I almost think Sveum’s recent comments are the result of being with a crappy team. It’s frustrating to be on a losing team no matter if you’re a player, manger, or a bat boy. He has to show some concern to the media so it doesn’t look like he doesn’t care or he isn’t trying different things but I think, when I read between the lines, I just see someone frustrated with the current state of the team.

    • BluBlud

      I have seen pictures of baby Jesus in a “manger” but I have never seen a “manger” on a bad team. ;)

    • itzscott

      Well then if you’re Sveum you just say that the lapses are recognized, being addressed and that he’s never seen such a hard working team that’s committed to constant improvement.

      You don’t trash the guys you’re supposed to be managing. That pretty much throws Epstein & Hoyer (your bosses!) under the bus because they’re the ones who brought these players in and you end up doing yourself no favors.

  • Korean Goat

    EVEN when the cubs were the best team of NL in 2008, i strongly feeled a lack of offense. the next year hitting coach gerald perry was fired but their offense kept falling. though we are making some critical erroes and loosing some games, i think it’s not manager’s fault entirely. we are rebuliding team. they will be better.

    • DocPeterWimsey

      ??? The ’08 Cubs had the highest runs scored and highest OPS in the NL. They actually were 2nd in MLB in runs-scored and 3rd in OPS: and without a DH.

      They might have finished #1 in both had the batting not collapsed in September, too.

      • TWC

        Totally. Didn’t they set a record that season with the most games scoring 5+ runs in an inning? Maybe they just led the league int hat category…

        Fun season. Up until, say, August 29th.

        • Korean Goat

          yes, you are right. what i want to say is replacing manager is not the point now as perry was fired.

  • jim

    I think this conversation is crazy Dale is the best manager all around that we’ve had in quite some time I think he’s the guy for the transition I also think he’s the guy for the future we have to be patient it sucks but I feel that Jed,theo and Dale are all on the same page and the right guys to lead this organization.

  • Randy

    WTF- who is in charge of sitting players and not babying their asses. Dale. Who is in charge of making pitching changes. Dale who the hell left Bowden in the game when he is not a 2 inning pitcher. Dale. Who makes the lineup out . Dale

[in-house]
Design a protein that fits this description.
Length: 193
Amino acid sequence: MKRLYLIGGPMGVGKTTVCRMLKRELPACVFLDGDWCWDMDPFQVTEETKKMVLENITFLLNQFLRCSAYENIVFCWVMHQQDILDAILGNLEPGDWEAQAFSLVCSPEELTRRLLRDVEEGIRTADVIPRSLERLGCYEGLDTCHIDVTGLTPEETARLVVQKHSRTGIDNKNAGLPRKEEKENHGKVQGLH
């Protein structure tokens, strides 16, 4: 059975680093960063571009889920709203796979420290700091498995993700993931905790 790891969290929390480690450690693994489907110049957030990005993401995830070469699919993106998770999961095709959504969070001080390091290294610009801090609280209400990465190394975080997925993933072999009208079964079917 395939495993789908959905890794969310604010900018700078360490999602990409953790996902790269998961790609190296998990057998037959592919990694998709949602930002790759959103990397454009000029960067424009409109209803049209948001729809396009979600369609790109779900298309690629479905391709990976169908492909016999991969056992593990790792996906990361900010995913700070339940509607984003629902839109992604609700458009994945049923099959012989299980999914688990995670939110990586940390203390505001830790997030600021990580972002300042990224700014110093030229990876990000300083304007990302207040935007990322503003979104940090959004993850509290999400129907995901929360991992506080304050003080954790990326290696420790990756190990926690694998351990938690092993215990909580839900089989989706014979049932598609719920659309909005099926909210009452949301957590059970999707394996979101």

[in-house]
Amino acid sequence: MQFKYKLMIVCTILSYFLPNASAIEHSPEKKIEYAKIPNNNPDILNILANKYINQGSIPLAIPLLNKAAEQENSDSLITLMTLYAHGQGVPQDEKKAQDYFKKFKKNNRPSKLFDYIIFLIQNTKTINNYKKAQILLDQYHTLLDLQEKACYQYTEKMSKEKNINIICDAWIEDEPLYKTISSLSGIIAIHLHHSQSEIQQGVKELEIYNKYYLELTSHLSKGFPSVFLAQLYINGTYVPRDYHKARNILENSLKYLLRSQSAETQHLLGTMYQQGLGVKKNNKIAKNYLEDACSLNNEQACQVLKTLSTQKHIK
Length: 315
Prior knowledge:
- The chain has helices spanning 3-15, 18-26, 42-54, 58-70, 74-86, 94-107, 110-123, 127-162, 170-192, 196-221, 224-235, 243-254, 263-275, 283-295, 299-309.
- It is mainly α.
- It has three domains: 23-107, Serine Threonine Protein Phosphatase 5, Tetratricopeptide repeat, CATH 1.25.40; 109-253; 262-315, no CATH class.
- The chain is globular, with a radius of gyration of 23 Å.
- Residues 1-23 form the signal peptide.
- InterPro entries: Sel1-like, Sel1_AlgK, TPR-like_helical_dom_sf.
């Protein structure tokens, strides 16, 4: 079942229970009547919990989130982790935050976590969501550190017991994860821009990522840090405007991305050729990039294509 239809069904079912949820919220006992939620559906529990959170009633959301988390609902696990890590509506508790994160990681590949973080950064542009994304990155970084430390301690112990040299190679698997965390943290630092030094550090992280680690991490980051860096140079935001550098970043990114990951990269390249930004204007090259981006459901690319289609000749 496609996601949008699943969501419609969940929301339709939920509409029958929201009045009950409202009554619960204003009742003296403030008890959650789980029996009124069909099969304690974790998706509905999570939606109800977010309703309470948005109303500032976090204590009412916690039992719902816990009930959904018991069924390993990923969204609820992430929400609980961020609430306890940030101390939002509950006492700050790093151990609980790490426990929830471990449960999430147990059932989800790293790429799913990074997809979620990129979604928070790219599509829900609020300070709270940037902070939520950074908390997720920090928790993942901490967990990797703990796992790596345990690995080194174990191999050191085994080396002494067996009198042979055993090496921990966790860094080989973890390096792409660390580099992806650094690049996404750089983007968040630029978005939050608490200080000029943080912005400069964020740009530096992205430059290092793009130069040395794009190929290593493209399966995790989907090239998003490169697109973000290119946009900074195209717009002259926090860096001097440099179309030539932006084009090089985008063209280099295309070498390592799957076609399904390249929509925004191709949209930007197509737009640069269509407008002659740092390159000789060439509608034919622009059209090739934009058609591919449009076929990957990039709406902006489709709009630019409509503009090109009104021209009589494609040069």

So I guess I’m the stuoid one but for me the coach is over his head and lacks balls. Yea he may have some crappy players but he can mix and match and find something that works instead of saber metrics. Hows that working for you Dale. Not so much. Use your gut once in a while instead of a freaking book. There are teams with less talent actually winning some games.

    OK

    • Cubbie Blues

      Kind of ironic that you misspelled stupid.

      • Randy

        I guess I dont have all day to sit and type.

        • Cubbie Blues

          Lucky for all of you that I do, today.

    • Korean Goat

      sappelt is greedy to be hero, that’s all of today. bowden was good.

    • bbmoney

      Yes I long for the days of Dusty Baker and his gut telling him it’s ok to run wood, prior and zambrano into the ground. I love when managers like Grady Little listen to their gut and has the balls to do really smart things like leave Pedro Martinez in Game 7 of the 2003 LCS. Or Ron Washington listening to his gut and doing nothing but hurting his team’s chances in the playoffs the past few seasons…..and yes they made the playoffs but it certainly wasn’t because of his gut, it’s because the players he had were actually really freaking good.

      I’d rather my manager pay attention to numbers and stats and the like instead of going by instinct. The Cubs lack talent, the Cubs have had terrible luck so far this year, and the Cubs bullpen has been just terrible. Let’s not put this all on Dale.

      I did want to stab myself in the eye last night though. That was horrendous.